So, try your best to limit the information you hand over in order to get your hardware wallet delivered.
You should also only buy directly from the manufacturer to ensure that you’re getting a legitimate device that has not been tampered with.
Warnings aside, it’s time to meet the best hardware wallets of 2021!
The Ledger Nano S and Trezor One both have smaller memories than their more expensive counterparts, Nano X and T respectively.
This means that you can only store a couple of different cryptocurrencies on them at one time.
This means that they’re good if you’re just starting out, but not ideal if you’re planning a whole diversified portfolio.
These vulnerabilities were brought to light by Ledger and have both since been fixed.
Hardware wallets are the most secure wallets around
Not all hardware wallets are built equal, so doing your homework and picking the right wallet for your needs is important.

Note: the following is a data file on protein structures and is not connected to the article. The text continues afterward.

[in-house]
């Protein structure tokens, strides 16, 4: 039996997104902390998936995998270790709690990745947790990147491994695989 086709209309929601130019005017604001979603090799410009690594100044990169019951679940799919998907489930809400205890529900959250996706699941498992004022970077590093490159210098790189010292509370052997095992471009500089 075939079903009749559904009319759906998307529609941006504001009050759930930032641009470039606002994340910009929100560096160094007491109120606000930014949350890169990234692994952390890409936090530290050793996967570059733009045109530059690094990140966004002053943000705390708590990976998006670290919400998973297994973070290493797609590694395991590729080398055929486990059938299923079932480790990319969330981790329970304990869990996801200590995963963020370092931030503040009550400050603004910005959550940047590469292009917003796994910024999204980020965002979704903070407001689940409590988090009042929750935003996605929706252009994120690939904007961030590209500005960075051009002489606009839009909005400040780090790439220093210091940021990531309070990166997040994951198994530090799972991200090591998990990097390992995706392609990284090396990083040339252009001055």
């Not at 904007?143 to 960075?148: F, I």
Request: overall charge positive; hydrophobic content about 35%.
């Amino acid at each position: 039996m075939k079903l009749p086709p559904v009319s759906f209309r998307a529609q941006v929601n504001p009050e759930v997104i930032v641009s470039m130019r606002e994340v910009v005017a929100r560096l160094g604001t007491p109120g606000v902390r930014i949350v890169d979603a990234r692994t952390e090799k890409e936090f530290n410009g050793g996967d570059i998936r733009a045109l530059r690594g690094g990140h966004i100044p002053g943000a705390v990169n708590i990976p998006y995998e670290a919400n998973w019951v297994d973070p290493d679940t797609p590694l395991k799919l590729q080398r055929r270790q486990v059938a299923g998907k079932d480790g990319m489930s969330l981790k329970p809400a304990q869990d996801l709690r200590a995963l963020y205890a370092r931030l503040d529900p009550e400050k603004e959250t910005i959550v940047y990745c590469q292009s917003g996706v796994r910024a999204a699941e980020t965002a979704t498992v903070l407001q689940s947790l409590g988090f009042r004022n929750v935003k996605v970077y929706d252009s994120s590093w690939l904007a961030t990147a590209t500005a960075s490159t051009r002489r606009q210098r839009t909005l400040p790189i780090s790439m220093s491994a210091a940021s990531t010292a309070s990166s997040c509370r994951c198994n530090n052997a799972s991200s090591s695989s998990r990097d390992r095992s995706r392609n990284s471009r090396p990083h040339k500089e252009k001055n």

Ngrave’s hardware wallet is still in the pre-order phase, but it looks to be the most secure considering that it’s totally air gapped.
Keevo’s wallet is fantastic and has a lot of advanced features, as well as a paid estate planning service.
However, the Ledger Nano X and the Trezor T both stand out as the best 2 crypto wallets available for all round use.
Your hardware wallet will keep you as safe as can be, just make sure that you do your part and keep your credentials safe too!
Frequently Asked Questions (FAQ)
Hardware wallets are all different, and the ‘best’ hardware wallet will be different for different people.Some hardware wallets, like the Ellipal, don’t allow for any network communication, which makes them the most secure, but slightly less functional than those made by Ledger and Trezor. You should consider what you want out of a hardware wallet before you buy one.